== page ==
Congress

Arkansas man arrested for death threats against Sen. Tom Cotton, Rep. Rick Crawford

James Powell, 43, was charged with first-degree terroristic threatening

Sen. Tom Cotton, R-Ark., was one of two Republican Arkansas lawmakers threatened by a man who was arrested earlier this week. (Bill Clark/CQ Roll Call file photo)

An Arkansas man was arrested earlier this week for threatening to kill Sen. Tom Cotton and Rep. Rick Crawford, multiple local news outlets reported.

James Powell, 43, was charged with first-degree terroristic threatening, a felony that carries a maximum six-year prison sentence and $10,000 fine.

Powell was only charged for his specific threats against Cotton and Crawford, both Republicans. He also threatened to target the “media,” but he was not charged on those grounds since his threat was not against anyone specifically, the Arkansas Democrat Gazette reported.

On Sept. 17, Powell began sending a series of 15 text messages spread out over multiple days to Crawford’s office through an online contact form outlining his “political grievances,” according to an affidavit reviewed by the Democrat Gazette.

The texts were received on Sept. 23.

Authorities matched the phone number that sent the texts with one in police records allegedly belonging to Powell. The U.S. Capitol Police reported the texts as threats to the FBI, which then mobilized local law enforcement to make the arrest.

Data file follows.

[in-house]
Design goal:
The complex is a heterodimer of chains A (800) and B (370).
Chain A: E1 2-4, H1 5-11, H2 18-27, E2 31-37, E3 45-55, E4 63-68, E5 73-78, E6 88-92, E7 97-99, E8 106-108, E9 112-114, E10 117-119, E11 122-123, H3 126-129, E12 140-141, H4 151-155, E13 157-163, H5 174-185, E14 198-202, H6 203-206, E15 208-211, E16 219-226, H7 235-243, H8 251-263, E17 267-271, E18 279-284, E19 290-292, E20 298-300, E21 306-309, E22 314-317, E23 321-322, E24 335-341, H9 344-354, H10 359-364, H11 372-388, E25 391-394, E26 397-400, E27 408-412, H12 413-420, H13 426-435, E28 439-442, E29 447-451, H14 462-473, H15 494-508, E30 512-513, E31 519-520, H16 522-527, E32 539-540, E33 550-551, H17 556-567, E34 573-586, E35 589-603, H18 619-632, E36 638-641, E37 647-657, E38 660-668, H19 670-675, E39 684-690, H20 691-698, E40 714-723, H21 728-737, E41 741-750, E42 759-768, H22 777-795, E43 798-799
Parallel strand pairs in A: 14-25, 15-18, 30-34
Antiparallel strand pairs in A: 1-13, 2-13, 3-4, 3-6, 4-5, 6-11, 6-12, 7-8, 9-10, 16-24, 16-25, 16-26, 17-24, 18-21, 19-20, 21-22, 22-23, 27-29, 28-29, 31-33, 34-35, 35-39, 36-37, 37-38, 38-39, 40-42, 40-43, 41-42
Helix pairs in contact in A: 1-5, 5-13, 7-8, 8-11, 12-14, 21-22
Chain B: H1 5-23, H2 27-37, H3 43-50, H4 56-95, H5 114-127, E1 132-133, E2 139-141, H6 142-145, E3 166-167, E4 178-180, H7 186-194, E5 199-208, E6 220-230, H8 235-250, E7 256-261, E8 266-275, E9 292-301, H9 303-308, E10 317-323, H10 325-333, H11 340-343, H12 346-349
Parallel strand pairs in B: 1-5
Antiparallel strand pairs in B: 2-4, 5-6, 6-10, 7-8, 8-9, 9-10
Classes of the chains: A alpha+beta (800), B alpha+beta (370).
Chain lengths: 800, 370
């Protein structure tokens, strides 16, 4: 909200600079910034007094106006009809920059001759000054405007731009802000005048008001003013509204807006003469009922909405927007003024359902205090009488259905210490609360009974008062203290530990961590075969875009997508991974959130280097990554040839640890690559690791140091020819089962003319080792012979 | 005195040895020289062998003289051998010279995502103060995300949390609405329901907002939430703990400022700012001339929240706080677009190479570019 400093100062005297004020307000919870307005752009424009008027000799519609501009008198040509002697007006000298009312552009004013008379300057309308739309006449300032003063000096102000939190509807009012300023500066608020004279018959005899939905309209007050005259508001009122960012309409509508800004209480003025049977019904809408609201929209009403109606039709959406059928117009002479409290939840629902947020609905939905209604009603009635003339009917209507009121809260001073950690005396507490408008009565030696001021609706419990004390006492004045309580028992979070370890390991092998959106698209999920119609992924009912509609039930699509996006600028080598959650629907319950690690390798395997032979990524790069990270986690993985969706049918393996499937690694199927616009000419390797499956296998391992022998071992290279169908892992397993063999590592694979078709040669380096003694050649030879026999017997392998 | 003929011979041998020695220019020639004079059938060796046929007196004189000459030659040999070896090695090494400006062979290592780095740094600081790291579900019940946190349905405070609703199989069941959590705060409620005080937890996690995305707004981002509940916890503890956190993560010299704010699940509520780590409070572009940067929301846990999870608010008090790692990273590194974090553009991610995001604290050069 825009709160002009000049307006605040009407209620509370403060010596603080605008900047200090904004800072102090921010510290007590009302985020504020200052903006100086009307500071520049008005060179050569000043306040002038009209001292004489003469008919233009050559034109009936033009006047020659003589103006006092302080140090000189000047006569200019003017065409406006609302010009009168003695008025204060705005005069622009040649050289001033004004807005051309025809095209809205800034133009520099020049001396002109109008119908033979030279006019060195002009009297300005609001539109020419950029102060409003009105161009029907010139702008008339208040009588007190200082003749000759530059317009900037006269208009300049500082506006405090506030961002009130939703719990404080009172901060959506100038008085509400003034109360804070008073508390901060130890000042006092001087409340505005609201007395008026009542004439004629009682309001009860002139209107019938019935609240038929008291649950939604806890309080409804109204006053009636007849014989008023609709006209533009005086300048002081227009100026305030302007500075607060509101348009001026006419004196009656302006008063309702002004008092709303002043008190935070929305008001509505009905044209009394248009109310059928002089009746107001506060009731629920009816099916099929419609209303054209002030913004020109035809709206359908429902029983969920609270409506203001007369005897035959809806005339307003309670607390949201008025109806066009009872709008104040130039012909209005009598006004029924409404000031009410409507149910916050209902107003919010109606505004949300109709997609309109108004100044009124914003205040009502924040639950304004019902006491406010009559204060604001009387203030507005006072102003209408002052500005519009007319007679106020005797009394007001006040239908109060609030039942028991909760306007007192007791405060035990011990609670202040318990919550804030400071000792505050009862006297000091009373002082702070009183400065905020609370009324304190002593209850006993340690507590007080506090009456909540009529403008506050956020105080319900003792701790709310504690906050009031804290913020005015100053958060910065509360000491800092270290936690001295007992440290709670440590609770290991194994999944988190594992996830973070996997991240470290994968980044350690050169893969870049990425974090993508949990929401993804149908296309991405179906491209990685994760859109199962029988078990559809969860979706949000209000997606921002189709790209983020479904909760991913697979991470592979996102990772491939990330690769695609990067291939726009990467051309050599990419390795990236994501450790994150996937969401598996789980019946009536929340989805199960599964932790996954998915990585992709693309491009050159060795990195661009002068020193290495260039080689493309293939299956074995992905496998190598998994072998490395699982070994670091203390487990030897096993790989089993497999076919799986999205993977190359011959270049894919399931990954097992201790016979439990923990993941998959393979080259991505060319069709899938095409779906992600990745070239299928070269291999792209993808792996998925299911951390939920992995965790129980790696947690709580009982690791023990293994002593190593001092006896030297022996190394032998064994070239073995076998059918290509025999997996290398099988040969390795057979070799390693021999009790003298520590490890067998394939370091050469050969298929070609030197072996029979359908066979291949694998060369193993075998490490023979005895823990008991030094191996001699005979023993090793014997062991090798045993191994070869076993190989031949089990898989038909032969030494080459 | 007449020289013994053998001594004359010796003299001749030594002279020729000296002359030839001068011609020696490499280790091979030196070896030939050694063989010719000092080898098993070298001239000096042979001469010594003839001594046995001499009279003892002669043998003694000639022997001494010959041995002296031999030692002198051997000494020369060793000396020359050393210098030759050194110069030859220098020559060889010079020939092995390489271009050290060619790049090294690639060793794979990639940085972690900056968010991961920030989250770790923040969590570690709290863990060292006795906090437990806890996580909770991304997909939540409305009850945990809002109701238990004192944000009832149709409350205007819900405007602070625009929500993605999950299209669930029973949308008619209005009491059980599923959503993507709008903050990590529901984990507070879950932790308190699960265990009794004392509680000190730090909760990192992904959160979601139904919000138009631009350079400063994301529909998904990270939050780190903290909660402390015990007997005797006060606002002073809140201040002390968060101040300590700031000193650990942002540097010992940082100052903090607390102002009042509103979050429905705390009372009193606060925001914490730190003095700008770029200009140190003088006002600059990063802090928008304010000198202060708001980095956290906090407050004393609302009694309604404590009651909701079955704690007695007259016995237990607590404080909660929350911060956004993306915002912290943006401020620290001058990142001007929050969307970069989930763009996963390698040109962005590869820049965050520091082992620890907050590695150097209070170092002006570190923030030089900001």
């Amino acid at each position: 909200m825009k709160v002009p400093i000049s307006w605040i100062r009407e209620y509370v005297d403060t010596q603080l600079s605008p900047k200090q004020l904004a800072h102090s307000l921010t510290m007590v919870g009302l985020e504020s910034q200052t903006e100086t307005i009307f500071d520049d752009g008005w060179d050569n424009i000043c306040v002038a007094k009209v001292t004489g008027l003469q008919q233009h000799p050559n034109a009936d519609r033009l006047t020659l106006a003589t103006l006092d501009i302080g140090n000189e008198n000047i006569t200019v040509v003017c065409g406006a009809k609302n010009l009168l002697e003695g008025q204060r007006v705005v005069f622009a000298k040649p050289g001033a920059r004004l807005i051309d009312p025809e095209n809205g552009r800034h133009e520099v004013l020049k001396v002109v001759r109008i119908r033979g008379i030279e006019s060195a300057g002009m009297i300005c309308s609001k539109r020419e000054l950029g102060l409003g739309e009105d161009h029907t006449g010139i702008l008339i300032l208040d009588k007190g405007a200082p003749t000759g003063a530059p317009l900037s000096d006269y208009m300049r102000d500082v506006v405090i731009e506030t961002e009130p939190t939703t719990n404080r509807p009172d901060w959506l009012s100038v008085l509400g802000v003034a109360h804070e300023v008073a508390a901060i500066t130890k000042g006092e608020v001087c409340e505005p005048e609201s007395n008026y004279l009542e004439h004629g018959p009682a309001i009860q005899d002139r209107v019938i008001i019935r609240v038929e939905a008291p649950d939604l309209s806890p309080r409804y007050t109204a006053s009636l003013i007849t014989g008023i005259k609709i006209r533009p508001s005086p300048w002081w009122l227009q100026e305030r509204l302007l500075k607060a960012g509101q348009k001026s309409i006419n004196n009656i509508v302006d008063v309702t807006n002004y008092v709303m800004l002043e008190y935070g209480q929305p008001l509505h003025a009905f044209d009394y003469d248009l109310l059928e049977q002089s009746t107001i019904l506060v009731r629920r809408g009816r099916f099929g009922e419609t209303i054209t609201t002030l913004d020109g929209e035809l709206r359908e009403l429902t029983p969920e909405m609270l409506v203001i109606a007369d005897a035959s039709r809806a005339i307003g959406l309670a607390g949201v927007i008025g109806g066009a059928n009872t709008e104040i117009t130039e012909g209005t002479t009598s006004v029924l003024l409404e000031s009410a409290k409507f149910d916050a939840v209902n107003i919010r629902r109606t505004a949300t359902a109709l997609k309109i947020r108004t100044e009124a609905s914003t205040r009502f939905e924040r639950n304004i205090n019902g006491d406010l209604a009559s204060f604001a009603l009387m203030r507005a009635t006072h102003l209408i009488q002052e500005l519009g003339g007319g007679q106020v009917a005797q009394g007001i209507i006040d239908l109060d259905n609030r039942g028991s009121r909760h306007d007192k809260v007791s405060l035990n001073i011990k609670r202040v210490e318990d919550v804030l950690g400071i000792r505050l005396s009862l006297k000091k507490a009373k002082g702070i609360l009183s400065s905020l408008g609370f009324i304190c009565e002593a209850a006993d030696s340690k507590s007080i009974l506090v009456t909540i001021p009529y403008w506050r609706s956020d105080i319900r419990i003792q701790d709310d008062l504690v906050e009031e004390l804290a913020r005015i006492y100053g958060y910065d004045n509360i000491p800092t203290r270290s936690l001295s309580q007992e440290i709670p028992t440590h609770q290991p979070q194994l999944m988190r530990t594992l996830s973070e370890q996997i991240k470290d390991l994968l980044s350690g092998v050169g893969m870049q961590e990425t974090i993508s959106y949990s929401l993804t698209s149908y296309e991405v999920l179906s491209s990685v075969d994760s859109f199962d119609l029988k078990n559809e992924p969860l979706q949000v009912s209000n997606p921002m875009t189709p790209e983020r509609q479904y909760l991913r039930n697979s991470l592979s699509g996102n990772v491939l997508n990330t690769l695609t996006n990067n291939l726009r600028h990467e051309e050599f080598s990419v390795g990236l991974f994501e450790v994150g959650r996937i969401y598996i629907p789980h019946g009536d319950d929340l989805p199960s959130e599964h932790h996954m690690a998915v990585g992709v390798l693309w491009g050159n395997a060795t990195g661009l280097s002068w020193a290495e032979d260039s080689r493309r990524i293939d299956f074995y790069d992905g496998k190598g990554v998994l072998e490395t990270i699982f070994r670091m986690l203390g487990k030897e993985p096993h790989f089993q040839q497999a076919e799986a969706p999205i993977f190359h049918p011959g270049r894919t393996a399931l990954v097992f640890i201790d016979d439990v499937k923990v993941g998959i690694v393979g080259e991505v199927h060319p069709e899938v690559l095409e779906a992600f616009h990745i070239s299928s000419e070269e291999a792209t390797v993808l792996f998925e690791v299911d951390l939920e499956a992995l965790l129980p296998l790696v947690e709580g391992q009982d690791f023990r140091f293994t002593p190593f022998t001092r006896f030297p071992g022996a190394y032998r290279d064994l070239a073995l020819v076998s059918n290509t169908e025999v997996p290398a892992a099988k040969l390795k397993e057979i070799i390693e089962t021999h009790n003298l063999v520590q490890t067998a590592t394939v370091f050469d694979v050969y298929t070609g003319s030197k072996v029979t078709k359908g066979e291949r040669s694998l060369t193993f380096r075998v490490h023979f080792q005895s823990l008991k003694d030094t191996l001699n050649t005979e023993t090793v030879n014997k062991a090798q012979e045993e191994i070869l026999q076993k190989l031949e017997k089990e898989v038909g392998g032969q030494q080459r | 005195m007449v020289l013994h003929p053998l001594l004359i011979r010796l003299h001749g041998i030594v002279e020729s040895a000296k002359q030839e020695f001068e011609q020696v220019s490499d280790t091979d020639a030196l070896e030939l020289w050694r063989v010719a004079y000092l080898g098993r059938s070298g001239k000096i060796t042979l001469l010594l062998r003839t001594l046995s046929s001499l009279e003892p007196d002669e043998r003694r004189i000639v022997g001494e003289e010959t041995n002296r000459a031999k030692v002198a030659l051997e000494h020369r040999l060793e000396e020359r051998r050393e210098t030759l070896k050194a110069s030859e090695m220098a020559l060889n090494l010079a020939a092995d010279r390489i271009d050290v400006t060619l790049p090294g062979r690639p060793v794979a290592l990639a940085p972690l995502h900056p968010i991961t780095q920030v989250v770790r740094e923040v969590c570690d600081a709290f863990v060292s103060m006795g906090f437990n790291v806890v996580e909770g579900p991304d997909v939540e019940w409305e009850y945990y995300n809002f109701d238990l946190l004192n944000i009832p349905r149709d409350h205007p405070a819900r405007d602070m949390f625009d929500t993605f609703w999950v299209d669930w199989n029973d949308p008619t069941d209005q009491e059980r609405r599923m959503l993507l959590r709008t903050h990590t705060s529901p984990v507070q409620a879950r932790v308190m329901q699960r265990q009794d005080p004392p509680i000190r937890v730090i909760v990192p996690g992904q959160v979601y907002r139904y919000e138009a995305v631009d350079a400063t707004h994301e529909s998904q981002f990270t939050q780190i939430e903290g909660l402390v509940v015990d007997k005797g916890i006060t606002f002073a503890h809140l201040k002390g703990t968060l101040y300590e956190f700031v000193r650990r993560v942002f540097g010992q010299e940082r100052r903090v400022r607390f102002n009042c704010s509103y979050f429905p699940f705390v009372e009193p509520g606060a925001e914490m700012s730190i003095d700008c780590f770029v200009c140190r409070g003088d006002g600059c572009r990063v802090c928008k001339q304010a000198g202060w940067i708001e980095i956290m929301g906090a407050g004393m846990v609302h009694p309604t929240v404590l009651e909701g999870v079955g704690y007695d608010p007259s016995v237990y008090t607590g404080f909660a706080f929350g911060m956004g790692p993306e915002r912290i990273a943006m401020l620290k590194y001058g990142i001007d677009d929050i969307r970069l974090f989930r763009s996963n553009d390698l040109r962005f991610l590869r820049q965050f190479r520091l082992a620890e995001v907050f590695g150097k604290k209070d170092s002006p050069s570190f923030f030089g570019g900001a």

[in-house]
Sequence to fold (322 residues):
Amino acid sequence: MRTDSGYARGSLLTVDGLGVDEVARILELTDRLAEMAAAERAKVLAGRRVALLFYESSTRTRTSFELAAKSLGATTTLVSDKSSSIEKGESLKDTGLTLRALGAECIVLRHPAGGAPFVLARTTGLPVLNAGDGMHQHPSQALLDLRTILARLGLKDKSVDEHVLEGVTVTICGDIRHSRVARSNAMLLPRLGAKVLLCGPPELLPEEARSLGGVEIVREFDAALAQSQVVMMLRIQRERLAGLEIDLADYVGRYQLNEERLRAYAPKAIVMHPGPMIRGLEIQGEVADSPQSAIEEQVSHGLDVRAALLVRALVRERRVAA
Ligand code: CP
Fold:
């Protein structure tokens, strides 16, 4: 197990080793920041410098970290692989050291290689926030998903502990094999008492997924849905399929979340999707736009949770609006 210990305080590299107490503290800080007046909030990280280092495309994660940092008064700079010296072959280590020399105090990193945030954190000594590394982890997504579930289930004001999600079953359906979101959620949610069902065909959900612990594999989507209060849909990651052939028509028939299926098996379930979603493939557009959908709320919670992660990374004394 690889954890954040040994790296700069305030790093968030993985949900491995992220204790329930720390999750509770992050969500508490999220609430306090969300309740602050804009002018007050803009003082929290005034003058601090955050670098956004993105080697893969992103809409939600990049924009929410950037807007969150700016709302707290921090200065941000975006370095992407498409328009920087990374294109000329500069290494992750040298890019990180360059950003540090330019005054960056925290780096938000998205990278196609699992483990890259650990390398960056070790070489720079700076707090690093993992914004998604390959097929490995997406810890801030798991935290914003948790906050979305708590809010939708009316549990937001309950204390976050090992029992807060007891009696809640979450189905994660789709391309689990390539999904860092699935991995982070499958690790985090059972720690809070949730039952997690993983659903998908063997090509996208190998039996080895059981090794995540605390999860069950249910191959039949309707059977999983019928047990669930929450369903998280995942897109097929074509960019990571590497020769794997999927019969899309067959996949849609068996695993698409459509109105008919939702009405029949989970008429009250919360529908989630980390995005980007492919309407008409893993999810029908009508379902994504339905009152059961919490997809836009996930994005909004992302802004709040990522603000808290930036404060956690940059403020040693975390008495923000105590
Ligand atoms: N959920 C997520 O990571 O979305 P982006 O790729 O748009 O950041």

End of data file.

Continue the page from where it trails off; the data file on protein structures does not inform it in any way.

Riddled with spelling errors and often abstruse phrases, Powell’s texts appear to threaten Crawford and the media with the wrath of white supremacists and some sort of militia.

“I am now contacting Malitia and white Supremacist. I don’t see why all death should be on your terms,” Powell wrote, per the affidavit. “If it takes death to stop death, it will still be all your fault in the end.”

Powell threatened to target the media first because they have “less security” and have “all the blame.”

He later backtracked from that plan, saying instead that he would start at Crawford’s house because “you need to feel our pain.”

Powell warned that his text messages should be taken seriously.

“I’m not making idle threats. I want you to come after me,” he wrote.

In subsequent texts, Powell apologized for making the threats.

“Infact I’m sorry,” he wrote of his previous threats, per court documents, the Democrat Gazette reported. “That’s not who I am.”

But he persisted in his combative opposition to government officials.

“I will keep my oath to defend this country against all enemies, foreign and domestic,” he wrote. “There is no greater enemy than a government that wont protect it’s own people. ... No greater enemy than a government that wont listen to the people. The fight must go on.”

Crawford’s office did not immediately respond to a request for comment.

The nature of Powell’s threats against Cotton have not yet been reported, and the senator’s office declined to elaborate on the threats.

“Our office doesn’t typically comment on ongoing investigations such as these,” a spokeswoman for the Crawford’s office said in an email, referring any questions to the USCP.

The USCP has seen an uptick in death threat cases against members in recent years, according to Chief Steven A. Sund.

Authorities handled nearly 5,000 cases in fiscal year 2018 alone.

Chris Marquette contributed to this report.

Correction 1:55 p.m.: An earlier version of this story incorrectly attributed a quote from a spokeswoman for Rep. Rick Crawford to a spokeswoman for Sen. Tom Cotton.

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